The Court of Appeal has considered an appeal by Associated Newspapers against a High Court decision that publication of photographs of the well-known musician Paul Weller out shopping and at a café with his 16 year old daughter and ten month old twin sons in Los Angeles, California, infringed the children’s right to privacy.
The Court of Appeal concluded that the High Court was right to hold that the children had a reasonable expectation of privacy and that their right to privacy outweighed Associated Newspapers’ right to freedom of expression.
The judgment further clarifies the approach to be taken by the courts when considering an application to prevent the publication of photographs of children in a public place, based on their right to privacy. The case confirms that there are several considerations relevant to children which may mean that a child has a reasonable expectation of privacy where an adult does not, and that, where a child’s has a right to privacy, it is likely to require very powerful freedom of expression rights to outweigh them where a child’s interests would be adversely affected.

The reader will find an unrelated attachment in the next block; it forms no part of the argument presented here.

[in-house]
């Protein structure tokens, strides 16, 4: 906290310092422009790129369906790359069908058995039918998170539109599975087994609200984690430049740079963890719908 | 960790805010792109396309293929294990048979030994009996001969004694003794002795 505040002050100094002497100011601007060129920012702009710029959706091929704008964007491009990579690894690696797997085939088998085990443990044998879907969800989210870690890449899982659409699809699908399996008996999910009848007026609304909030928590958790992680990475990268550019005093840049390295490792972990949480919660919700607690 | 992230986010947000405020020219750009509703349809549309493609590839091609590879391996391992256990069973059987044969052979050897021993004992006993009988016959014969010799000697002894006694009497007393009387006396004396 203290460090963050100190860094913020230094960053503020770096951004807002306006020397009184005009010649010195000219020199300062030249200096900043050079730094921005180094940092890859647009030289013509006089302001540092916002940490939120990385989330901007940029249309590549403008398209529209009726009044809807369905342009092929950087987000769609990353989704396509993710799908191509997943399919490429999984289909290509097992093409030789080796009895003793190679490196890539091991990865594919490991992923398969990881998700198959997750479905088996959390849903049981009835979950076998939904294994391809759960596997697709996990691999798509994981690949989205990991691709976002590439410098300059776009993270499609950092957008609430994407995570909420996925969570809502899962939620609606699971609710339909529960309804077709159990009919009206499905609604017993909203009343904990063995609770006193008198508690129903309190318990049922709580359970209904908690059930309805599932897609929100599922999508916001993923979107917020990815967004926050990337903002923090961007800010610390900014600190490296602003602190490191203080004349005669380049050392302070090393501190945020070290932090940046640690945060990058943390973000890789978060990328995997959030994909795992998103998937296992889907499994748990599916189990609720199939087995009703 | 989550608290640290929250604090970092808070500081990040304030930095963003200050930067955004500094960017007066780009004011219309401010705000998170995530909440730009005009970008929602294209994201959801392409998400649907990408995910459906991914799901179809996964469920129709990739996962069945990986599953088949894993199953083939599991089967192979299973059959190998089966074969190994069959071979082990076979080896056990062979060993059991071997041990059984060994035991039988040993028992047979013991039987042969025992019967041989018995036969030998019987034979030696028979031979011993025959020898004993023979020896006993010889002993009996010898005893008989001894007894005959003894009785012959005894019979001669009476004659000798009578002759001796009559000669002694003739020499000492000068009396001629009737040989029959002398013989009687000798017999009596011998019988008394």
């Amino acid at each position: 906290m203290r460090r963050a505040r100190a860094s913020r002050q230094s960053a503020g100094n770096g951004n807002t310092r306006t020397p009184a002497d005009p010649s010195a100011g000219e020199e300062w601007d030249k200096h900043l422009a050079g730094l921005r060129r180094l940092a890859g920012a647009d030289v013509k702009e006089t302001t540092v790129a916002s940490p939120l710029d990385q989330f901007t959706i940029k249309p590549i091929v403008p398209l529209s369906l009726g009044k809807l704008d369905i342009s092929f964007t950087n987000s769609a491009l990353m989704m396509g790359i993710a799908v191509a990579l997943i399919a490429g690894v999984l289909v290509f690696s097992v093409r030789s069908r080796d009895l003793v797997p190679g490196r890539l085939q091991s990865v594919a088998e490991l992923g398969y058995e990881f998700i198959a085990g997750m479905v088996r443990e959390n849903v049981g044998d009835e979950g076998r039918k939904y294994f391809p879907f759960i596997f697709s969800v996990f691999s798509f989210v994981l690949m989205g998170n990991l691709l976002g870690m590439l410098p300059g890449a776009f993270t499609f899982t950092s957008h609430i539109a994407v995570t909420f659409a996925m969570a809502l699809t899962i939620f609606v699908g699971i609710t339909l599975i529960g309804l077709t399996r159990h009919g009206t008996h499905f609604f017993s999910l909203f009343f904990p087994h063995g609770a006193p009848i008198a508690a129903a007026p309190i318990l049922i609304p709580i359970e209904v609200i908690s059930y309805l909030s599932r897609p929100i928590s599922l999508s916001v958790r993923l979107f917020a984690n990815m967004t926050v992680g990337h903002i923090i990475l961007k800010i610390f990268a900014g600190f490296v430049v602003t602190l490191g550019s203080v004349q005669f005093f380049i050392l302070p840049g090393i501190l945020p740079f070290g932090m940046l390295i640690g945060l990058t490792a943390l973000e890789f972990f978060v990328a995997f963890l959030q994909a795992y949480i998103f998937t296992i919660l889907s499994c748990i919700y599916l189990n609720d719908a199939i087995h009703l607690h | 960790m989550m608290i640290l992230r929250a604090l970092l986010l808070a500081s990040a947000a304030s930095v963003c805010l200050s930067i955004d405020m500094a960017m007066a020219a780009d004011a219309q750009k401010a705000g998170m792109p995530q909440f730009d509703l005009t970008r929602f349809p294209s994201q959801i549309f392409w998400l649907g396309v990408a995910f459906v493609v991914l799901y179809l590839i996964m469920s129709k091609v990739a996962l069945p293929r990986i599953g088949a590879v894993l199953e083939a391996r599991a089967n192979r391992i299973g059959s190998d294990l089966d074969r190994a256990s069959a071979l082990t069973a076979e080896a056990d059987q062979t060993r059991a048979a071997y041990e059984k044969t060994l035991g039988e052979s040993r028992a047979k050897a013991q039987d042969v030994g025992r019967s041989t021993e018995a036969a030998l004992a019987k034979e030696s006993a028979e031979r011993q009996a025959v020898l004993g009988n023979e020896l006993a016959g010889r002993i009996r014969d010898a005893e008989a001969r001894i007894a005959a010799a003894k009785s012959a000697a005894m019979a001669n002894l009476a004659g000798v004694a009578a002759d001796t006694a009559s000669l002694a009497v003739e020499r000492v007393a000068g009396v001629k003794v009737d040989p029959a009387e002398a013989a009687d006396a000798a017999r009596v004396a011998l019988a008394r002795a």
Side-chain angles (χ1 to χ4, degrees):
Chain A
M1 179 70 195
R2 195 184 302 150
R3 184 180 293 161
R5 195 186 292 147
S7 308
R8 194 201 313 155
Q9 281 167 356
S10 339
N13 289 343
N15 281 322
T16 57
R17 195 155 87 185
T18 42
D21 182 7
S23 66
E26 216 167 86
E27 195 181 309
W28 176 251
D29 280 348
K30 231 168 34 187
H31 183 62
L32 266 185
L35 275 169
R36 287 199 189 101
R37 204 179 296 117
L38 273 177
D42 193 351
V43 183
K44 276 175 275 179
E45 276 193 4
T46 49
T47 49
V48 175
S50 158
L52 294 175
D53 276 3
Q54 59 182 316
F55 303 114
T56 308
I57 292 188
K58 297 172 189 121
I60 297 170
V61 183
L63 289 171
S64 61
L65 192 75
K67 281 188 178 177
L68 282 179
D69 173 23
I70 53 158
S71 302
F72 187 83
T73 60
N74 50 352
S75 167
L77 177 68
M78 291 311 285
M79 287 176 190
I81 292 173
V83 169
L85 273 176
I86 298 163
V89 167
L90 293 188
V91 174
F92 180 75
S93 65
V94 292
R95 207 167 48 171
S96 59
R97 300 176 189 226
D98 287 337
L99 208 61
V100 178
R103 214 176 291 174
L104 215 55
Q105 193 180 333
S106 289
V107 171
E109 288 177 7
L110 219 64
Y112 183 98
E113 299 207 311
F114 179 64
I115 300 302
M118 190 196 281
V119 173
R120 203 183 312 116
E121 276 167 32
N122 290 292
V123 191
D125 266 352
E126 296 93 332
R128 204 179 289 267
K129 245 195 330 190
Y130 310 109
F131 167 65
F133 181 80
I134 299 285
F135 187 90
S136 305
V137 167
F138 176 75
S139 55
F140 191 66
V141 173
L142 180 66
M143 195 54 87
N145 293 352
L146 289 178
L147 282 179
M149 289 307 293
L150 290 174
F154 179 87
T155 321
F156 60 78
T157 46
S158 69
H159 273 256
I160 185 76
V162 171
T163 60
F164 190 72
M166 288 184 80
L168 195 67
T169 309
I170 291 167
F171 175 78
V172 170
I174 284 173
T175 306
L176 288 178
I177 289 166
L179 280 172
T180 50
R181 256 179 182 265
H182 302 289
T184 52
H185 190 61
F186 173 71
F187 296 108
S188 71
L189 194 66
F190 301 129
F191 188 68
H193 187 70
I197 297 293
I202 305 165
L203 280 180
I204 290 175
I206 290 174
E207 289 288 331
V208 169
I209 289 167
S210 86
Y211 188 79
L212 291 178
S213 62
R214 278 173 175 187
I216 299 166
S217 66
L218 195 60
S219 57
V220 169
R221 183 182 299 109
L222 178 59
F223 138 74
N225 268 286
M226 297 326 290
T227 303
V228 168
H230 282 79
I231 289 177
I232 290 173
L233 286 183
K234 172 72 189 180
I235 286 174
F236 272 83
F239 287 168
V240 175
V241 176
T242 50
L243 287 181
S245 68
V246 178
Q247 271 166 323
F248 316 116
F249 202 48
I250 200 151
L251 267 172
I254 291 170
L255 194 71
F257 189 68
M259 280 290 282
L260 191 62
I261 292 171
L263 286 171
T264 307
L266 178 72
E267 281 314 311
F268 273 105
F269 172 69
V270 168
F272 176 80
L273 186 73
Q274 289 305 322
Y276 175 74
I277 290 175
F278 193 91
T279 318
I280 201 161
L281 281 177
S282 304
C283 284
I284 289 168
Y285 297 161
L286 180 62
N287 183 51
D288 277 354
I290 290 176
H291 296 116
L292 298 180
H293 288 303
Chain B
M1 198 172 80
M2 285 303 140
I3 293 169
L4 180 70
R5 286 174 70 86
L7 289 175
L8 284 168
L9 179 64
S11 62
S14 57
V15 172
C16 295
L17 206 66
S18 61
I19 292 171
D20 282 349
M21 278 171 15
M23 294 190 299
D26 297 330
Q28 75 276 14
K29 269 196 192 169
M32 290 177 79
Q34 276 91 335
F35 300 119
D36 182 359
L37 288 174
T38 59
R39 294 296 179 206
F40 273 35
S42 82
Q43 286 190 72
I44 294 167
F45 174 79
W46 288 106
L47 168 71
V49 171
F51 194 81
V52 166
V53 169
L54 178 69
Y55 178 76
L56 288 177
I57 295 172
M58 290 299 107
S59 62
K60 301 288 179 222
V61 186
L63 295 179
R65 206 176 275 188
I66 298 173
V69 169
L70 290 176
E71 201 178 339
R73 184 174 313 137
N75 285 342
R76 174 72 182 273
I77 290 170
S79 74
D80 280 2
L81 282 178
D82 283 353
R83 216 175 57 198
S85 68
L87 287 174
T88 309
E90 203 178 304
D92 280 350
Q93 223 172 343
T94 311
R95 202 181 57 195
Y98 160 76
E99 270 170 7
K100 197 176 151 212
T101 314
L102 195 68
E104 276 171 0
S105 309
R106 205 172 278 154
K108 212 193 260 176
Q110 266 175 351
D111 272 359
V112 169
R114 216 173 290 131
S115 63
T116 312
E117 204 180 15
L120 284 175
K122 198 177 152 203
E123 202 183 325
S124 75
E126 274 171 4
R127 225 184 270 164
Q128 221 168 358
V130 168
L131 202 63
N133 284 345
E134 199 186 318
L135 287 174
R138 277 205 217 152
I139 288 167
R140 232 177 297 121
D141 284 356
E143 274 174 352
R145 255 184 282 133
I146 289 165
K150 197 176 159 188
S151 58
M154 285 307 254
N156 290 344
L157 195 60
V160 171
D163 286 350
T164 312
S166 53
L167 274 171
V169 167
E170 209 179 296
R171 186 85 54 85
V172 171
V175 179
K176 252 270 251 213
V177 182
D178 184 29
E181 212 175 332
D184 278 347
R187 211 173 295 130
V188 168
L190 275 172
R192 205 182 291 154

The Court of Appeal has upheld the High Court’s decision on an agreement that purported to assign the copyright in songs written by Bob Marley from his record company at the time, Cayman Music Inc (Cayman), to Island Logic.
Marley had misattributed 13 songs (including the hit No Woman No Cry) to other artists as a way of preventing the relevant copyright and royalties from going to his record company under a recording agreement. The key question before the court was whether the songs were included within the agreement.
The High Court held that the songs were “compositions” within the terms of the agreement, so that the rights in the songs were transferred under that agreement, even though the agreement did not expressly refer to the songs. The Court of Appeal upheld this decision.
The case shows how important it is to draft contracts precisely, particularly in the context of a complex set of background facts.
In March 2015, the Court of Appeal affirmed that three individuals resident in England could bring claims in England against US-based Google Inc for misuse of private information and breach of the Data Protection Act 1998 (DPA), arising from Google cookies tracking their on-line behaviour without their knowledge or consent.
Google sought permission to appeal on three grounds and the Supreme Court granted permission to appeal on two of them but not the third.